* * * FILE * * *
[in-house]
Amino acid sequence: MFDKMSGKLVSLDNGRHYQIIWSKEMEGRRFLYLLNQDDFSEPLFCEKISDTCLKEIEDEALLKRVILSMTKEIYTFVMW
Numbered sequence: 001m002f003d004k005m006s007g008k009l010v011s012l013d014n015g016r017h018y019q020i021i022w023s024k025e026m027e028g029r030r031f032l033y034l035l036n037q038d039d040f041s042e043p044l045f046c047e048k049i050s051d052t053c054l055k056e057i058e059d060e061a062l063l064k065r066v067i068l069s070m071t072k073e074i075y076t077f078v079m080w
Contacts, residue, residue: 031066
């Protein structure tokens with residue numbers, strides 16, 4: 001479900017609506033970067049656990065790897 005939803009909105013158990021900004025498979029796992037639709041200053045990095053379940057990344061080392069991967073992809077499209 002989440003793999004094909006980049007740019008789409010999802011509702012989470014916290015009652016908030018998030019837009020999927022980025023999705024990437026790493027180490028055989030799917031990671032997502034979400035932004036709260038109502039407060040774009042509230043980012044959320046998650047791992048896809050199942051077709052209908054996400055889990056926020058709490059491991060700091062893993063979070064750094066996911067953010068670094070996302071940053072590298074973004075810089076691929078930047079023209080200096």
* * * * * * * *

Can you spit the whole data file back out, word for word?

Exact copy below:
[in-house]
Amino acid sequence: MFDKMSGKLVSLDNGRHYQIIWSKEMEGRRFLYLLNQDDFSEPLFCEKISDTCLKEIEDEALLKRVILSMTKEIYTFVMW
Numbered sequence: 001m002f003d004k005m006s007g008k009l010v011s012l013d014n015g016r017h018y019q020i021i022w023s024k025e026m027e028g029r030r031f032l033y034l035l036n037q038d039d040f041s042e043p044l045f046c047e048k049i050s051d052t053c054l055k056e057i058e059d060e061a062l063l064k065r066v067i068l069s070m071t072k073e074i075y076t077f078v079m080w
Contacts, residue, residue: 031066
């Protein structure tokens with residue numbers, strides 16, 4: 001479900017609506033970067049656990065790897 005939803009909105013158990021900004025498979029796992037639709041200053045990095053379940057990344061080392069991967073992809077499209 002989440003793999004094909006980049007740019008789409010999802011509702012989470014916290015009652016908030018998030019837009020999927022980025023999705024990437026790493027180490028055989030799917031990671032997502034979400035932004036709260038109502039407060040774009042509230043980012044959320046998650047791992048896809050199942051077709052209908054996400055889990056926020058709490059491991060700091062893993063979070064750094066996911067953010068670094070996302071940053072590298074973004075810089076691929078930047079023209080200096």